By Kirby Neumann-Rea • Of the News-Register • 

Back and Forth: Crossed paths create geometry in basketball, and life, in Mac

Kirby Neumann-Rea/News-Register##Jake Johnson holds the Dec. 25, 2010 newspaper article about his halftime proposal to his wife, Christina Brown, a fellow graduate of Horizon Christian School in Hood River.
Kirby Neumann-Rea/News-Register##Jake Johnson holds the Dec. 25, 2010 newspaper article about his halftime proposal to his wife, Christina Brown, a fellow graduate of Horizon Christian School in Hood River.

A few lines about the ongoing theme in this column: intersecting lines.

It starts with the guy who’s become my basketball connection in McMinnville, Norm Tognazzini, who keeps me informed of morning and weekend games.

I play two evenings a week but we also enjoyed a “run” on MLK Day when the game was at 6:15 a.m., rather than the usual Mac morning ball time of 5.

For years in Hood River, I organized and played in a morning ball session, three days a week at 6 a.m. That’s a practice I started about five years before that when I lived in Port Townsend, and the a.m. routine became positively addictive: good exercise and, usually, good fellowship before you go to work.

Here in Mac, Reid Kimura opens up the Grandhaven Elementary gym where he teaches for the run at 5 a.m. I can do 6, but 5 is just too early, so I was grateful for the “late” start on Jan. 16. And it gave Norm and me the chance to match up. He has me by a few years, and he has a nifty set shot that goes over me every time. I love running with him because we both do just that — run.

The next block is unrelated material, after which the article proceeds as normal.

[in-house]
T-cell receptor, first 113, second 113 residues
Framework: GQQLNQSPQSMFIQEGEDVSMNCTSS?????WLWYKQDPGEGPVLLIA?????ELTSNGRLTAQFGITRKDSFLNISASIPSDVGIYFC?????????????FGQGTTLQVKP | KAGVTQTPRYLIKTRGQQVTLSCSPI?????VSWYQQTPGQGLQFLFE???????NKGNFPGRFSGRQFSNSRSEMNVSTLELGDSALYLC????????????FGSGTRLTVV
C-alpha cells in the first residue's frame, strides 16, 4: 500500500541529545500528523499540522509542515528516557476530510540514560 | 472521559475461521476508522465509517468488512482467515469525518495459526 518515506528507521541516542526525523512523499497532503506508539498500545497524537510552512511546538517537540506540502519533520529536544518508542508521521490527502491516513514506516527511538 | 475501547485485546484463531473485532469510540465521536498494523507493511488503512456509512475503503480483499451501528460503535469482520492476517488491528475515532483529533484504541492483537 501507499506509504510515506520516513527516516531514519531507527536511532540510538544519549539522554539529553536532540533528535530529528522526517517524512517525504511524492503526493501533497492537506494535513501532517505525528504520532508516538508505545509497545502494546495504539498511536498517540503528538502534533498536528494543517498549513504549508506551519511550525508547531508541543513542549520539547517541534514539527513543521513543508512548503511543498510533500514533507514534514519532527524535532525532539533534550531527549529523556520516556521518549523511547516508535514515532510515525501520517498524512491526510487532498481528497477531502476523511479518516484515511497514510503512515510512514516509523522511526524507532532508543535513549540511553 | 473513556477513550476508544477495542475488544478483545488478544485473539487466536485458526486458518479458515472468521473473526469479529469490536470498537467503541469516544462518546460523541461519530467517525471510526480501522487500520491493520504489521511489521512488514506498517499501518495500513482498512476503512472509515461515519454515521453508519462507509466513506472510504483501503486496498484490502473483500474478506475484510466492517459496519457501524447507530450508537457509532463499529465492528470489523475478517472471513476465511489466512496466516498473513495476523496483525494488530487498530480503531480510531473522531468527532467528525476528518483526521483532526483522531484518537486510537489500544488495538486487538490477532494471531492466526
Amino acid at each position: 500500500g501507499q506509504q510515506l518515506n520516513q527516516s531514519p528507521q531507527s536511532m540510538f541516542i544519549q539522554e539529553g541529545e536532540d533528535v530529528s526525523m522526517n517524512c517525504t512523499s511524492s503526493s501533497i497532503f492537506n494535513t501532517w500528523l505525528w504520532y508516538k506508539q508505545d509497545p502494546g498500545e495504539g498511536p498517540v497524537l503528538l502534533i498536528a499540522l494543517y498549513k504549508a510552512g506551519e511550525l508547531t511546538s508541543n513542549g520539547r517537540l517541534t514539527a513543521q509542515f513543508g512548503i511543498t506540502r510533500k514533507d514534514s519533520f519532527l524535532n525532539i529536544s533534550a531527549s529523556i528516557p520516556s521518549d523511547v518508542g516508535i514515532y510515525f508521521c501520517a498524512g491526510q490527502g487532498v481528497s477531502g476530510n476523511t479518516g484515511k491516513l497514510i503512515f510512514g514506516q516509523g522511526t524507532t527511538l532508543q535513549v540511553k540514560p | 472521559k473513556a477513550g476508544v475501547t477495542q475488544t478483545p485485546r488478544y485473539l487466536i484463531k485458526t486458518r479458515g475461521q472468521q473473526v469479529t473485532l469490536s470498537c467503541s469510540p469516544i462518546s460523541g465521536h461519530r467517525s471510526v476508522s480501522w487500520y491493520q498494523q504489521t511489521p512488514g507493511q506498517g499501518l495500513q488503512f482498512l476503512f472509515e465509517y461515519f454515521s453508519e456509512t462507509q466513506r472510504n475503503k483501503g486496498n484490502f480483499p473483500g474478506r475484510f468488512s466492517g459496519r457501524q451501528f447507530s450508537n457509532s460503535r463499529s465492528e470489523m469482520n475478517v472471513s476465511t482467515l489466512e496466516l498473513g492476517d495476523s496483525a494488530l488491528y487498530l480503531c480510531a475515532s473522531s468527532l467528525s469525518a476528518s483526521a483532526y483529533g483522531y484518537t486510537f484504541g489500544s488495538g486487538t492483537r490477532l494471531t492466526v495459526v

Sure, in pickup ball you find your spot for a pass or a shot, or pause to strategize when and how to move, and then you make your cut or run some more. That’s hoops, be it pickup ball or some more sophisticated basketball scene. It’s running with a purpose.

Basketball, like life, is geometric. The lines we run, present and past, happen at angles to each other. They might be parallel or at 45 degrees but usually triangular, meaning any of multiple options might occur. It’s all about intersections, some planned and some random. I wrote in this space nearly two years ago, during the pandemic, of touring local outdoor courts as a way of getting to know Yamhill County. It also kept my hand in the game I love in a time when sharing close-quarters on the court was not an option.